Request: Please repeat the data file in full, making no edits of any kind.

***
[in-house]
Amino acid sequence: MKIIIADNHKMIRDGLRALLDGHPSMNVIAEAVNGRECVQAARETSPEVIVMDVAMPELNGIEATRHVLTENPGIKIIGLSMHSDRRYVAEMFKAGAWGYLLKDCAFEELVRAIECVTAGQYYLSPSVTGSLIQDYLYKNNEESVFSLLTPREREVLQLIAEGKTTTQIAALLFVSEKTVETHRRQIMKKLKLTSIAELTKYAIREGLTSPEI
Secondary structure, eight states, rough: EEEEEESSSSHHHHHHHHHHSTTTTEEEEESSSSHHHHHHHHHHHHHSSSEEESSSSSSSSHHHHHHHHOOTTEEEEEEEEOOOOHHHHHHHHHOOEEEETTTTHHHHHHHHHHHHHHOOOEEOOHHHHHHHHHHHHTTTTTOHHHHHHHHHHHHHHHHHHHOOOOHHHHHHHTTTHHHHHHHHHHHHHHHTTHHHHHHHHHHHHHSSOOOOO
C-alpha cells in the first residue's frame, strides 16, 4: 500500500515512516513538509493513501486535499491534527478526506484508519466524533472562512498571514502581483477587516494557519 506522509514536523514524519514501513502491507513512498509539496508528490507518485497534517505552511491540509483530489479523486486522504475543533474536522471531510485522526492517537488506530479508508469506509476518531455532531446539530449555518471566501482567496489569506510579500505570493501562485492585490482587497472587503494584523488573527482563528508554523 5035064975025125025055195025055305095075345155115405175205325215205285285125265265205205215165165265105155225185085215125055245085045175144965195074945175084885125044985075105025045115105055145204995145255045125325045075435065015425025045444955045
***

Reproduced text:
[in-house]
Amino acid sequence: MKIIIADNHKMIRDGLRALLDGHPSMNVIAEAVNGRECVQAARETSPEVIVMDVAMPELNGIEATRHVLTENPGIKIIGLSMHSDRRYVAEMFKAGAWGYLLKDCAFEELVRAIECVTAGQYYLSPSVTGSLIQDYLYKNNEESVFSLLTPREREVLQLIAEGKTTTQIAALLFVSEKTVETHRRQIMKKLKLTSIAELTKYAIREGLTSPEI
Secondary structure, eight states, rough: EEEEEESSSSHHHHHHHHHHSTTTTEEEEESSSSHHHHHHHHHHHHHSSSEEESSSSSSSSHHHHHHHHOOTTEEEEEEEEOOOOHHHHHHHHHOOEEEETTTTHHHHHHHHHHHHHHOOOEEOOHHHHHHHHHHHHTTTTTOHHHHHHHHHHHHHHHHHHHOOOOHHHHHHHTTTHHHHHHHHHHHHHHHTTHHHHHHHHHHHHHSSOOOOO
C-alpha cells in the first residue's frame, strides 16, 4: 500500500515512516513538509493513501486535499491534527478526506484508519466524533472562512498571514502581483477587516494557519 506522509514536523514524519514501513502491507513512498509539496508528490507518485497534517505552511491540509483530489479523486486522504475543533474536522471531510485522526492517537488506530479508508469506509476518531455532531446539530449555518471566501482567496489569506510579500505570493501562485492585490482587497472587503494584523488573527482563528508554523 5035064975025125025055195025055305095075345155115405175205325215205285285125265265205205215165165265105155225185085215125055245085045175144965195074945175084885125044985075105025045115105055145204995145255045125325045075435065015425025045444955045